The 6th Experimental Archaeology Conference was held on 6th to 7th of January 2012, at the Kings Manor building at York University.
Welcome: Experimental Archaeology and Scientific Method. Professor Matthew Collins
Session 1: Experiments in Archaeological Geosciences
Reconstructing past water availability with plant stable isotope ratios: re-assessing a method by using experimental archaeology. Pascal Flohr, Gundula Müldner and Emma Jenkins. Read the abstract.
Identifying Formation Processes in the Archaeological Record Using Experimental Geoarchaeology Rowena Banerjea, Wendy Matthews, Alex Brown, Michael Fulford & Amanda Clarke. Read the abstract. Read the Publication.
Environmental magnetism (frequency dependent magnetic susceptibility) as a proxy for differentiating between natural and anthropogenic burning in the hominin archaeological record. Sally Hoare and John Gowlett.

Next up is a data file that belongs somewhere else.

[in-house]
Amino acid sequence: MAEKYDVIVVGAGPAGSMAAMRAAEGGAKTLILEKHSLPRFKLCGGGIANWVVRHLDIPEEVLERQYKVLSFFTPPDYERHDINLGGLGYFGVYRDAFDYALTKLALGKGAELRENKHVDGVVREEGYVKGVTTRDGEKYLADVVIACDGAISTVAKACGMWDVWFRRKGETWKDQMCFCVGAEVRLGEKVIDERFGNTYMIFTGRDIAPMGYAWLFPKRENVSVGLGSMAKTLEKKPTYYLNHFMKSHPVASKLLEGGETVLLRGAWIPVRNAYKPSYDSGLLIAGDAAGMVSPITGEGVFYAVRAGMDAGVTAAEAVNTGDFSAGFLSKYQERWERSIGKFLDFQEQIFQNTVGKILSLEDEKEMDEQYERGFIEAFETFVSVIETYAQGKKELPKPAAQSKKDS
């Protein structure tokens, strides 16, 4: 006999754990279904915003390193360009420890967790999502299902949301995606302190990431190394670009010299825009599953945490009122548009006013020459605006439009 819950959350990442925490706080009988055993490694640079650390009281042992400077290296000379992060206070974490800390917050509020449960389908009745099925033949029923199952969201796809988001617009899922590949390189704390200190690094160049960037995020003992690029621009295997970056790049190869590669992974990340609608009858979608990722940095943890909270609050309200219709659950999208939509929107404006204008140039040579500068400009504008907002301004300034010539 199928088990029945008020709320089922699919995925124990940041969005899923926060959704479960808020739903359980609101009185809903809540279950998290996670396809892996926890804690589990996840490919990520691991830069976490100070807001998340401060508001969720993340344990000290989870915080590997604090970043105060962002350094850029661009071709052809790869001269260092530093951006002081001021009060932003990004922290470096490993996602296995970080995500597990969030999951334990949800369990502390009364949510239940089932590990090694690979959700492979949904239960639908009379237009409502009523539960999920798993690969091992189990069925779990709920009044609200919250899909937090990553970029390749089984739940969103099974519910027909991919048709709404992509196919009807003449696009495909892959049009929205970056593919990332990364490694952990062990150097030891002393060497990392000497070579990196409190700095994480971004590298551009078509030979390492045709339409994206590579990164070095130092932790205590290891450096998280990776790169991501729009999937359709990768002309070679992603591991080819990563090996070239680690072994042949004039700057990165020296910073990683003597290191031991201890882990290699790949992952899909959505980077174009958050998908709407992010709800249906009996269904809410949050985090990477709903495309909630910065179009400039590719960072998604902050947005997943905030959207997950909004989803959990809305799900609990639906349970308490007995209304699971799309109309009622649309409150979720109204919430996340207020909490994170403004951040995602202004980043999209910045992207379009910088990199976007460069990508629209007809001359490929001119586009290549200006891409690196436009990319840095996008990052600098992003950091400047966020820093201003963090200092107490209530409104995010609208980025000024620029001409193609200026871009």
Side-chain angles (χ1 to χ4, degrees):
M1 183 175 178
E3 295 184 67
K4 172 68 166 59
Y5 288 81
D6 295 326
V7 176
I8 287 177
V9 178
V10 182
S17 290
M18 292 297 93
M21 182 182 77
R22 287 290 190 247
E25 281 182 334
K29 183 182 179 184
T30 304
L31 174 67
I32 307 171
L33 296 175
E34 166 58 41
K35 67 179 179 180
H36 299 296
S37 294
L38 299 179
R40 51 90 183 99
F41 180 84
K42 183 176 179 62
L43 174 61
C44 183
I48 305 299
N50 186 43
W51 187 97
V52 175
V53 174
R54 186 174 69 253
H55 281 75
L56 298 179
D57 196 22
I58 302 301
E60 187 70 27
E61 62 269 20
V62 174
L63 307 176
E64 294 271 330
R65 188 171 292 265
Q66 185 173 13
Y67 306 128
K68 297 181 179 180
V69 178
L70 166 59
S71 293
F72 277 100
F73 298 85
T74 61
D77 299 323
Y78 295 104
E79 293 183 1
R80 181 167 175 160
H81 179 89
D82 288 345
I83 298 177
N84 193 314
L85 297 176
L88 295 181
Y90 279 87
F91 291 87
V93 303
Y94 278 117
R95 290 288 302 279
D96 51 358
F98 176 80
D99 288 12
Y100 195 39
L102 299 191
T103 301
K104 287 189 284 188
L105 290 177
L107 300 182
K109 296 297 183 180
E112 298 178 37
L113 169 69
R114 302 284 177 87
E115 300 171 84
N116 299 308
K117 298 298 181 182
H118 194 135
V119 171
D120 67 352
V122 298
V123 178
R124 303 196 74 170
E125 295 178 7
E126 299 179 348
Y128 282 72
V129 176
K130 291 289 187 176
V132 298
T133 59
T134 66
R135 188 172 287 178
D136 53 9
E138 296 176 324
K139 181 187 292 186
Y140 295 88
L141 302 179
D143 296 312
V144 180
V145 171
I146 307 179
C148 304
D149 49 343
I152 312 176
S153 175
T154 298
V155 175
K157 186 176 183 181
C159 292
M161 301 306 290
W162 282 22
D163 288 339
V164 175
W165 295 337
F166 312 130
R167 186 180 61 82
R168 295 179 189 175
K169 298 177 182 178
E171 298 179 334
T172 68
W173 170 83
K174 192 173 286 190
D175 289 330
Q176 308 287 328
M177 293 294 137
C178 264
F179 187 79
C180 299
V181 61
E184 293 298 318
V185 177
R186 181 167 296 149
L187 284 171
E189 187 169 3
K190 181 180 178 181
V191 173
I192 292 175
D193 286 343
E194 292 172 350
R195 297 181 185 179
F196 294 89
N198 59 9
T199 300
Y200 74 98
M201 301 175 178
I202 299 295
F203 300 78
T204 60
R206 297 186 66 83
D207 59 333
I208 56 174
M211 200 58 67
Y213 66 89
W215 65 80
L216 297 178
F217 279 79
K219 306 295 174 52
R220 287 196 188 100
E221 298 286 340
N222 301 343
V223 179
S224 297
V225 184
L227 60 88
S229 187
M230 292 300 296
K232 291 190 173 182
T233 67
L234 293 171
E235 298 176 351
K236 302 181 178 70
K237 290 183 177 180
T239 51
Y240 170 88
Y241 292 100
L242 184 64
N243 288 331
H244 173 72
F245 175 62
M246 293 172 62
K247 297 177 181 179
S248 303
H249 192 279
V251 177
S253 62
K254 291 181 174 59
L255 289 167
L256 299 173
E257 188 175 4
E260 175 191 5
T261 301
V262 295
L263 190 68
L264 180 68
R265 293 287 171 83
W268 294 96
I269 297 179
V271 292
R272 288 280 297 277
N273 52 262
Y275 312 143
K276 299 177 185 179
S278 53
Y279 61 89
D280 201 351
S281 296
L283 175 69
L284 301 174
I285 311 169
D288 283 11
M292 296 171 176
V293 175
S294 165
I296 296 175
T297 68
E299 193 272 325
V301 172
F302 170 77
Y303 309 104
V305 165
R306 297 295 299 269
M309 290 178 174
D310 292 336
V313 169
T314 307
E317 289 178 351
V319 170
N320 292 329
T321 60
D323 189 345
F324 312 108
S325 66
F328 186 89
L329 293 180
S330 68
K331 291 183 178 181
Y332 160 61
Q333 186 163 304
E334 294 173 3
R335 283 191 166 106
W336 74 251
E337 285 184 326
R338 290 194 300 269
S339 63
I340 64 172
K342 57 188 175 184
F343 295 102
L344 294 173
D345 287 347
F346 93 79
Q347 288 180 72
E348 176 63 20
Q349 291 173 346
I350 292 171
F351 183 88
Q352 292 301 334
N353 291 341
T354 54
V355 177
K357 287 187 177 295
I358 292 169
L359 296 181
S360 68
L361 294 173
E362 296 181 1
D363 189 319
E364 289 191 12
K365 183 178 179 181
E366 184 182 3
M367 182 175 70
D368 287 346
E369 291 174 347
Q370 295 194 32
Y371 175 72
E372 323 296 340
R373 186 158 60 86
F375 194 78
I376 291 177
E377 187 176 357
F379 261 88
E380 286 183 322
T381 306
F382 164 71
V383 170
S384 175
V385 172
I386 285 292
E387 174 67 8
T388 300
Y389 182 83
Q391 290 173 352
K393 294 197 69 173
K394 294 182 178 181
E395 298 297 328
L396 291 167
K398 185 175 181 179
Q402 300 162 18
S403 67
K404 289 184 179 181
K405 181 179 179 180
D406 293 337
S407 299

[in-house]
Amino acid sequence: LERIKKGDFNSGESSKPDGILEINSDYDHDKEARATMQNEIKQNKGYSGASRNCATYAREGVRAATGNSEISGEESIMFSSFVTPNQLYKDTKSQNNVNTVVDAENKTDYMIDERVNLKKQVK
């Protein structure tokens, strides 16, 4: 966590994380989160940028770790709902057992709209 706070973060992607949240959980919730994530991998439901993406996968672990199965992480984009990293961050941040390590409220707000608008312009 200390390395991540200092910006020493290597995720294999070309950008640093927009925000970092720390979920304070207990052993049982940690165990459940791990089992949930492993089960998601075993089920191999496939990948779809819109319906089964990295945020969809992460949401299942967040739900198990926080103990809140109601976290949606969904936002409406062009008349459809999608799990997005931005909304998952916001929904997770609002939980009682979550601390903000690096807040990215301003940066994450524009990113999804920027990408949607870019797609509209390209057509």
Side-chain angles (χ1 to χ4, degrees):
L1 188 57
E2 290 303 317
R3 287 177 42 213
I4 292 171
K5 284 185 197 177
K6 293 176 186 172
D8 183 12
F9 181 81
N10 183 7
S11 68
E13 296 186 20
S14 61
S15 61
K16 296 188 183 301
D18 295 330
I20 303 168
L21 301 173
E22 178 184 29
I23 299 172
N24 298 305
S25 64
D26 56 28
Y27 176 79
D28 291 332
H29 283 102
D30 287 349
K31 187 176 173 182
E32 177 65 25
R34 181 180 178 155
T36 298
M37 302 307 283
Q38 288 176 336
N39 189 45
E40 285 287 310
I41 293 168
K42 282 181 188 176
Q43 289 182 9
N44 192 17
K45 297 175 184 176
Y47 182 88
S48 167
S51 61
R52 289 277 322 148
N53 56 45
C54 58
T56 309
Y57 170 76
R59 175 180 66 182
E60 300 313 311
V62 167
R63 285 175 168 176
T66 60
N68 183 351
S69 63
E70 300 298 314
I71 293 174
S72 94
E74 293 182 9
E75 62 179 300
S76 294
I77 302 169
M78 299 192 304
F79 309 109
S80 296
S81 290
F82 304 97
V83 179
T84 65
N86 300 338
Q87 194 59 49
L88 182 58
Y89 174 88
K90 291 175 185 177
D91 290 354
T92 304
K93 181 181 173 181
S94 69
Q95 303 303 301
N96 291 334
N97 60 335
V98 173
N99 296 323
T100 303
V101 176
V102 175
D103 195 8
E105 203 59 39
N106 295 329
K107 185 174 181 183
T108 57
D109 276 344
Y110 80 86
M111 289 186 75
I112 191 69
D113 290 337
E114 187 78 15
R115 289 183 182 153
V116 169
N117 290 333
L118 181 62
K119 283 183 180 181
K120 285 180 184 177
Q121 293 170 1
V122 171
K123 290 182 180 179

Session 2: Experiments in Artefact Technology and Function
A Matter Of Microns: Reverse Engineering Of Egyptian Faience Manufacture. Esme A. Hammerle. Read the abstract.
Experiments on Aurignacian Clay Structures, to reveal technology, firing and use. Małgorzata Kot.
The Shield in Ancient Egypt: an experiment on the construction, functionality and performance of Middle Kingdom rawhide shields. William Stonborough
Session 3– Experiments in Artefact Use and Taphonomy
Microscopic Analysis of Experimentally Abraded Stone Tools. Wei Chu and Charlie Thompson. Read the publication.
Controlled ballistic experiments with glass replicas of Levallois points: the effect of energy, momentum, and angle on fracture types. Radu Iovita, Holger Schönekeß, Sabine Gaudzinski-Windheuser and Frank Jäger.
From Drawing Board to Workbench: Revisiting Viking Antler Comb Manufacture. Ian Dennis, Jacqui Mulville and Niall Sharples.
Session 4 – Practising Experimental Archaeology
Practitioner, Professional and the Public. Examining the Impact of Experimental Archaeology on Different User Groups. Gaynor Wood. Read the abstract.
Learning and teaching in experimental archaeology. Ruth Fillery-Travis. Read the abstract.